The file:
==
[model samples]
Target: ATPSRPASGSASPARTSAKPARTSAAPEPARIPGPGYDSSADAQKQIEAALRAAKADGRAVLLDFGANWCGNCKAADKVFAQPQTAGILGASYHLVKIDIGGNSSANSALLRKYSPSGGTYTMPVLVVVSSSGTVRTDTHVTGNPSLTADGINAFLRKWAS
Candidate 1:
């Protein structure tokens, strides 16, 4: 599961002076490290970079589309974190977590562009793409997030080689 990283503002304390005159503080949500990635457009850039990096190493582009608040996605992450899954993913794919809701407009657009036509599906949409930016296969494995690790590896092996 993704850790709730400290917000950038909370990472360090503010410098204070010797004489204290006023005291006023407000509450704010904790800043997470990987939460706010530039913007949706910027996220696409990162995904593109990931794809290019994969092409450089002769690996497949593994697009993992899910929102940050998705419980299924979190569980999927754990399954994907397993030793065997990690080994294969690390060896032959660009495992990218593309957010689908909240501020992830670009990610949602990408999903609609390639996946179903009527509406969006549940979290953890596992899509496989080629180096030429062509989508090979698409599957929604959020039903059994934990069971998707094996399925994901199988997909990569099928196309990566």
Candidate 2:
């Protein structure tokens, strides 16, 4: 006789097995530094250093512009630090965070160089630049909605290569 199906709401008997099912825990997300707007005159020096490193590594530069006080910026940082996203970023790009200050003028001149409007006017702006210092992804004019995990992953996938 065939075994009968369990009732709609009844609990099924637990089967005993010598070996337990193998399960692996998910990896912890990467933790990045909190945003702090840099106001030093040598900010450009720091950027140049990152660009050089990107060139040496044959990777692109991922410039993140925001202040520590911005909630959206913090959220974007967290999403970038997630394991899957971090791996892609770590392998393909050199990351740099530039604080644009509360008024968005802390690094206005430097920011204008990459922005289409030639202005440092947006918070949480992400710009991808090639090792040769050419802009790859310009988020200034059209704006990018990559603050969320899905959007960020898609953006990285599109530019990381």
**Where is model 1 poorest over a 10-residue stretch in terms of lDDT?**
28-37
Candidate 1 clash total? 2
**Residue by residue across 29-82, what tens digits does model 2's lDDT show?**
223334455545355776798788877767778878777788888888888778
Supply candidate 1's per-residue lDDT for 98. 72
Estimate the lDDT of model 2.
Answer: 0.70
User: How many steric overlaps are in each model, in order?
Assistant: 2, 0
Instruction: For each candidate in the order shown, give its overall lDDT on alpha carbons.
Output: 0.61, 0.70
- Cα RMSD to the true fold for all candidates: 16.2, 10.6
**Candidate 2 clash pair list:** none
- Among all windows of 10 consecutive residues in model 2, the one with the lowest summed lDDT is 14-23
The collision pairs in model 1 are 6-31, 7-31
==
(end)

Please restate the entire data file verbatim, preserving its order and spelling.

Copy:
[model samples]
Target: ATPSRPASGSASPARTSAKPARTSAAPEPARIPGPGYDSSADAQKQIEAALRAAKADGRAVLLDFGANWCGNCKAADKVFAQPQTAGILGASYHLVKIDIGGNSSANSALLRKYSPSGGTYTMPVLVVVSSSGTVRTDTHVTGNPSLTADGINAFLRKWAS
Candidate 1:
């Protein structure tokens, strides 16, 4: 599961002076490290970079589309974190977590562009793409997030080689 990283503002304390005159503080949500990635457009850039990096190493582009608040996605992450899954993913794919809701407009657009036509599906949409930016296969494995690790590896092996 993704850790709730400290917000950038909370990472360090503010410098204070010797004489204290006023005291006023407000509450704010904790800043997470990987939460706010530039913007949706910027996220696409990162995904593109990931794809290019994969092409450089002769690996497949593994697009993992899910929102940050998705419980299924979190569980999927754990399954994907397993030793065997990690080994294969690390060896032959660009495992990218593309957010689908909240501020992830670009990610949602990408999903609609390639996946179903009527509406969006549940979290953890596992899509496989080629180096030429062509989508090979698409599957929604959020039903059994934990069971998707094996399925994901199988997909990569099928196309990566």
Candidate 2:
């Protein structure tokens, strides 16, 4: 006789097995530094250093512009630090965070160089630049909605290569 199906709401008997099912825990997300707007005159020096490193590594530069006080910026940082996203970023790009200050003028001149409007006017702006210092992804004019995990992953996938 065939075994009968369990009732709609009844609990099924637990089967005993010598070996337990193998399960692996998910990896912890990467933790990045909190945003702090840099106001030093040598900010450009720091950027140049990152660009050089990107060139040496044959990777692109991922410039993140925001202040520590911005909630959206913090959220974007967290999403970038997630394991899957971090791996892609770590392998393909050199990351740099530039604080644009509360008024968005802390690094206005430097920011204008990459922005289409030639202005440092947006918070949480992400710009991808090639090792040769050419802009790859310009988020200034059209704006990018990559603050969320899905959007960020898609953006990285599109530019990381």
**Where is model 1 poorest over a 10-residue stretch in terms of lDDT?**
28-37
Candidate 1 clash total? 2
**Residue by residue across 29-82, what tens digits does model 2's lDDT show?**
223334455545355776798788877767778878777788888888888778
Supply candidate 1's per-residue lDDT for 98. 72
Estimate the lDDT of model 2.
Answer: 0.70
User: How many steric overlaps are in each model, in order?
Assistant: 2, 0
Instruction: For each candidate in the order shown, give its overall lDDT on alpha carbons.
Output: 0.61, 0.70
- Cα RMSD to the true fold for all candidates: 16.2, 10.6
**Candidate 2 clash pair list:** none
- Among all windows of 10 consecutive residues in model 2, the one with the lowest summed lDDT is 14-23
The collision pairs in model 1 are 6-31, 7-31